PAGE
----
By Maurice Switzer
NORTH BAY — An Indigenous educator was telling the interviewer that, in his opinion, knowing how to dress a deer is probably more important than having a PhD (if you hold a university doctorate and think he was talking about putting a new outfit on his pet fawn, you may have proved his point).
He meant that, from an Indigenous perspective, knowing how to remove the internal organs of a successfully-hunted deer has proven far more important to ensure 30,000 years of human survival than the ability to write a 100,000-word paper such as the one I found online titled, “Refining models of feral deer abundance and distribution to inform culling programs in South Australia.”
Learning how to sustain themselves by living off the land – and in harmony with it – has been by far the most relevant component of Indigenous ways of knowing.
I am looking at a Venn diagram intended to illustrate the differing principles of Indigenous and Western knowledge, as well as ones they have in common. You often see such comparisons listed in textbooks designed to help students understand why Canada’s idea of effective education involved kidnapping 150,000 Indigenous children and sending them off to Indian Residential Schools, but that’s another story.
This particular chart says European education tends to emphasize how things work while Traditional Indigenous Knowledge places an emphasis on the practical application of skills and knowledge. In other words, “thinking” versus “doing.”
Intellectual capacity is certainly a good skill to have in one’s toolbox; the world’s most successful societies benefit from having folks who can analyze challenges, suggest solutions, and envision the future. But sooner or later, if humanity is going to get somewhere, we need people who can actually do things. It was great that somebody in the ancient past thought that a round wheel might be a good thing to invent, but you need more than a good idea in your head to move a wagon-load of rocks.
Eurocentric wisdom has placed the most value on academic learning. It’s only recently that Ontario’s elected experts have started to re-think the wisdom of steering students into either academic or applied “streams.” That brainwave may have come after an education minister noticed he was having a lot of rides in taxis driven by university graduates.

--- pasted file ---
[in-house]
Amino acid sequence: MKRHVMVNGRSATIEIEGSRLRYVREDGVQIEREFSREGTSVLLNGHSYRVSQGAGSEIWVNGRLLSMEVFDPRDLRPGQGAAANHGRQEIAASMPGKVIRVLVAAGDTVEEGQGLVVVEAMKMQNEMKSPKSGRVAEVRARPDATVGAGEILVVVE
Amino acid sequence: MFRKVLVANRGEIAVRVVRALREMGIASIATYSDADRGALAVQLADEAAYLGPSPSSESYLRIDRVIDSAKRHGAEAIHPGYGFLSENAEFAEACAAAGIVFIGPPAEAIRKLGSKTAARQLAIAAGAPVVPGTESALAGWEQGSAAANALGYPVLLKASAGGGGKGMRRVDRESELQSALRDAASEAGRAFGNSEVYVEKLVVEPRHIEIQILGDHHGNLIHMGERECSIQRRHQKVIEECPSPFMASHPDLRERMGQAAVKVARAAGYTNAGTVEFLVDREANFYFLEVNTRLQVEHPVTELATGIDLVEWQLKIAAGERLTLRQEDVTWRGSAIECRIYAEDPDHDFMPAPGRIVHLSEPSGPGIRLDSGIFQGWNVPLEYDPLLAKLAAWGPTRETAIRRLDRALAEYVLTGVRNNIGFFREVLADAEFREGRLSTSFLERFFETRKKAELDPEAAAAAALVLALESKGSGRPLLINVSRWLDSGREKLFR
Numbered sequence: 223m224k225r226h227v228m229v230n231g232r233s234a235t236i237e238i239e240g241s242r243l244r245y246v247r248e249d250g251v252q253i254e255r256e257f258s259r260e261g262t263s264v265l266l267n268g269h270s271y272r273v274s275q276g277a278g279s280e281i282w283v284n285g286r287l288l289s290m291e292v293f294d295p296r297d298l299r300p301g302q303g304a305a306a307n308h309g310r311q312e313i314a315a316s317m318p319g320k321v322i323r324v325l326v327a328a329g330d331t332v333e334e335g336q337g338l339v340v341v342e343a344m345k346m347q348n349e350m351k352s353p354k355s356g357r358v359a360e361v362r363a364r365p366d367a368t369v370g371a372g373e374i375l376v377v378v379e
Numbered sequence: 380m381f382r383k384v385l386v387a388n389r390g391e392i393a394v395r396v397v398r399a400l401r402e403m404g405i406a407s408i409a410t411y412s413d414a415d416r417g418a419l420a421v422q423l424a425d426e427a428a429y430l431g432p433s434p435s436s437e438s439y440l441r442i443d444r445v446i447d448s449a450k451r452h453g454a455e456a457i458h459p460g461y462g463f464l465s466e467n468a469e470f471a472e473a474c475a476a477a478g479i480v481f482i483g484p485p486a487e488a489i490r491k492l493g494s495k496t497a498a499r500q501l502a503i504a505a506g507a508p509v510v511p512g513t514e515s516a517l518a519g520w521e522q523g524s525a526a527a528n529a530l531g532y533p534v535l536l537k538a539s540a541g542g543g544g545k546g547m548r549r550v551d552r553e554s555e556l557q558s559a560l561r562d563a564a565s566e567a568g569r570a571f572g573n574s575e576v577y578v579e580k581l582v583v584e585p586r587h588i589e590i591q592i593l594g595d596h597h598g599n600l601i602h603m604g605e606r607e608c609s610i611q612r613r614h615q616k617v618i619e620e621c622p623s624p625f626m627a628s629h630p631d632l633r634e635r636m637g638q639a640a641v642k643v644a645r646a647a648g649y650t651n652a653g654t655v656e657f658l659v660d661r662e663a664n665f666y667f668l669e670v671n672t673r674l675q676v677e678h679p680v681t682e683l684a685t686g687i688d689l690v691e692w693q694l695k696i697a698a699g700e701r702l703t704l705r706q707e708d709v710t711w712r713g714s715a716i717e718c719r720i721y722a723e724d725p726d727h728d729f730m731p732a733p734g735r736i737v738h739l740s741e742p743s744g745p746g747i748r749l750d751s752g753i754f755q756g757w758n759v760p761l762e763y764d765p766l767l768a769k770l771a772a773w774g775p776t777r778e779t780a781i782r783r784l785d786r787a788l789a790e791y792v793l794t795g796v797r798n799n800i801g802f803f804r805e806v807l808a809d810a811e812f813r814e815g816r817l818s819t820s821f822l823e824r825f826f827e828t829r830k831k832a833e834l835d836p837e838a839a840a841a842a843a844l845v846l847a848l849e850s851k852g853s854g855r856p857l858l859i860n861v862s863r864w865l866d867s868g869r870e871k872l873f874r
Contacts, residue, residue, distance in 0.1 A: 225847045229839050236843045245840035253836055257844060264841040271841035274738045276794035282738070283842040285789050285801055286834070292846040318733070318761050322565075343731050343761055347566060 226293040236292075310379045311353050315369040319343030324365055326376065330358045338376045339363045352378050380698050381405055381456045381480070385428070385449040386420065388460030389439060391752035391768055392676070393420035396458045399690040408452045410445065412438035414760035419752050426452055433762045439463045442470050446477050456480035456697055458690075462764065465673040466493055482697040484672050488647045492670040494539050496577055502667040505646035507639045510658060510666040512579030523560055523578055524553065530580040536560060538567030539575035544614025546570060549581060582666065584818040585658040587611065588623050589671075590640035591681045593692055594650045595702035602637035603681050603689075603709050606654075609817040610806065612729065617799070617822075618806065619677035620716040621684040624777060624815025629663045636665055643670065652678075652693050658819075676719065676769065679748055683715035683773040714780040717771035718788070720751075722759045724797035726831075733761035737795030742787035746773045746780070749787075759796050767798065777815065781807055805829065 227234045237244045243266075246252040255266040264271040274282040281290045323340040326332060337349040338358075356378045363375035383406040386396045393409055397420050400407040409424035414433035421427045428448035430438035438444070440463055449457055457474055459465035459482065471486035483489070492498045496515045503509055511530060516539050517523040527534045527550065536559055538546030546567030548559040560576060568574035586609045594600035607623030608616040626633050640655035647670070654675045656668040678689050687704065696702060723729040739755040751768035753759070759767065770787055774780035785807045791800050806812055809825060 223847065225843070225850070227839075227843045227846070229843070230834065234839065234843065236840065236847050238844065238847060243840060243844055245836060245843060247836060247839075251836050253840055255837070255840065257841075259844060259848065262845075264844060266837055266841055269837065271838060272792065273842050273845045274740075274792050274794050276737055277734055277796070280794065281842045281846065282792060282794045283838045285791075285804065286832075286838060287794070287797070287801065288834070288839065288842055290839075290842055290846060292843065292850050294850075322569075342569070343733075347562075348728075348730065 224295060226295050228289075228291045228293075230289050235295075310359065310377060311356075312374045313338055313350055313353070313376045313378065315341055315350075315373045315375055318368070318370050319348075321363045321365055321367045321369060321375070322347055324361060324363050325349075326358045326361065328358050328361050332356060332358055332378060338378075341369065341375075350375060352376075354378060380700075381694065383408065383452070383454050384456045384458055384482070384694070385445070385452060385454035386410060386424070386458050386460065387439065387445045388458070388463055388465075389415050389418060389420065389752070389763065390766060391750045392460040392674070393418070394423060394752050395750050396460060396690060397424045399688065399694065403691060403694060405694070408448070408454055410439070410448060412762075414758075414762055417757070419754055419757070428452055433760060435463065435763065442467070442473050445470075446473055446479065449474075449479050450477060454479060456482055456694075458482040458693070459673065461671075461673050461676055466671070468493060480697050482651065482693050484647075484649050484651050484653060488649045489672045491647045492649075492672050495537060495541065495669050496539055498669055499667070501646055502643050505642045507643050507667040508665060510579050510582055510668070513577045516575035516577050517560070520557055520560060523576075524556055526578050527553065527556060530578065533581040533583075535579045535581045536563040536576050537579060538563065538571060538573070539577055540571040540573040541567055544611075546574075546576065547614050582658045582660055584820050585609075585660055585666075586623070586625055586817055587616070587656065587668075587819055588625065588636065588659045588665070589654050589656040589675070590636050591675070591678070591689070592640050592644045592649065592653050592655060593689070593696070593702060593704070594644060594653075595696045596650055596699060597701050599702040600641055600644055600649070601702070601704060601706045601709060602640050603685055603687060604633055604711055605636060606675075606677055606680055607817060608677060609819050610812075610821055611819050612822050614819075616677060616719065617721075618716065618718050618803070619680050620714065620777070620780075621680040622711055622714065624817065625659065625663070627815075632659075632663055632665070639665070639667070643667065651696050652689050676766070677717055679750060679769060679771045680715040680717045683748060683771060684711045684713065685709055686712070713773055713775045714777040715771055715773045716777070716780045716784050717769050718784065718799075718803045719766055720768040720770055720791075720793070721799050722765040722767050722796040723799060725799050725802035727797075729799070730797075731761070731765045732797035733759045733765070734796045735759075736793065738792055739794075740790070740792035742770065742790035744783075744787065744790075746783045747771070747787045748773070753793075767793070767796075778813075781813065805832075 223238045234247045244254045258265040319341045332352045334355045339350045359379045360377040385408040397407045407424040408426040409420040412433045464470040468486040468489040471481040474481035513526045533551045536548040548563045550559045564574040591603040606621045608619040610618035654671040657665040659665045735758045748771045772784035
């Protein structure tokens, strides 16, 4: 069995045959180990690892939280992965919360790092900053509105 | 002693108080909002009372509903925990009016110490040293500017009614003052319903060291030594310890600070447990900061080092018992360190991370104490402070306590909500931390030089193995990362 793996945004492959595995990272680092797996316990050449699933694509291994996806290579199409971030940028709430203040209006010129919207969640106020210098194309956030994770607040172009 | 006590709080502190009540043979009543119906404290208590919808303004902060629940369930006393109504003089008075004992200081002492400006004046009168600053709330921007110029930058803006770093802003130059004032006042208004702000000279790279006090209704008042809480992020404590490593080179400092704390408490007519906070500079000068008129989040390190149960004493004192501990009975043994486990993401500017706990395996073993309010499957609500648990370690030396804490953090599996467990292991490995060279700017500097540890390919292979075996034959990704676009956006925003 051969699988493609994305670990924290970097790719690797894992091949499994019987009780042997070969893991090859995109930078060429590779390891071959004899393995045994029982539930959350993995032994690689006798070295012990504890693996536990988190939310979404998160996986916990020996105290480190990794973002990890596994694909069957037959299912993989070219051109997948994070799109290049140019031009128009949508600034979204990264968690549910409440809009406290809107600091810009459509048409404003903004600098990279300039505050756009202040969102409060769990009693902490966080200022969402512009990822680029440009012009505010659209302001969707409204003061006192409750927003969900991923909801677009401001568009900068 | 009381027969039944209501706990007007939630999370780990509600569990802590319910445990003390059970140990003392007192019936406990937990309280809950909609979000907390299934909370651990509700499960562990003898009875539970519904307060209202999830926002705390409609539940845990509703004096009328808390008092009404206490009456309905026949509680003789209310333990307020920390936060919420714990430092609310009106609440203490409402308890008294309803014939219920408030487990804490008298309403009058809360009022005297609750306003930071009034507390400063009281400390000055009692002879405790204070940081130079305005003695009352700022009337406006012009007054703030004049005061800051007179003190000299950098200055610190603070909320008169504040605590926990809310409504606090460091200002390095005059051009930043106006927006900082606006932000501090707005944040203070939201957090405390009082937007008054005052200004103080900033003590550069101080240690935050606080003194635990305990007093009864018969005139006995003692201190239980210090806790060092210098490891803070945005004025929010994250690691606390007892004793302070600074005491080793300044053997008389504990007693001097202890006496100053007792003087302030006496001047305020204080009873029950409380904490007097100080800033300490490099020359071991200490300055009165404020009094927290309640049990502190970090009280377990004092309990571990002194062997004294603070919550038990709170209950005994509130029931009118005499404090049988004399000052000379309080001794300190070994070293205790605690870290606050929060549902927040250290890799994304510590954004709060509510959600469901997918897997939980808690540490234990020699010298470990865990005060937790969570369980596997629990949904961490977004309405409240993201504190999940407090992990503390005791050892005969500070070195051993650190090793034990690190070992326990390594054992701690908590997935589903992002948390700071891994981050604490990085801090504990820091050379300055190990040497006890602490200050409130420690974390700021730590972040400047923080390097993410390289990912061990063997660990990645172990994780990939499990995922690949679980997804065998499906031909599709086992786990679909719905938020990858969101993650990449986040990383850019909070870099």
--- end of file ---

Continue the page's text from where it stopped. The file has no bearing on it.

The stigma that was attached to students involved in the “vocational” offerings of high schools has been diminished by the realization that it’s a lot harder to find a good plumber these days than an accomplished lawyer.
Ontario’s community college system was a positive step towards matching learning with career opportunities, but it seems like college presidents now want to compete with their university counterparts to have the right to offer a “degree”, which they think has a more lucrative ring to it than a mere “diploma”. For Pete’s sake, even Kindergartners are awarded diplomas these days!
Many years ago my first job in an Indigenous environment was helping develop the first post-secondary diploma journalism program in Canada for Indigenous learners at First Nations Technical Institute (FNTI), one of nine Indigenous-governed and operated post-secondary First Nations learning institutes in Ontario. Others include Anishinabek Educational Institute (three sites) and Kenjgewin Teg in M’Chigeeng First Nation. The latter of which has had the authority to grant standalone diplomas without partnering with community colleges or universities since 2017.
My FNTI colleagues had to drill a lot of things into a head accustomed to Western corporate thinking, but they were patient teachers, and I was a willing pupil. Mentors like Ernie Benedict-baa taught me to avoid thinking of “students” and “teachers”. We are all learners, he would insist; what are the odds that any one person in a classroom holds more knowledge than the other 20 or 30?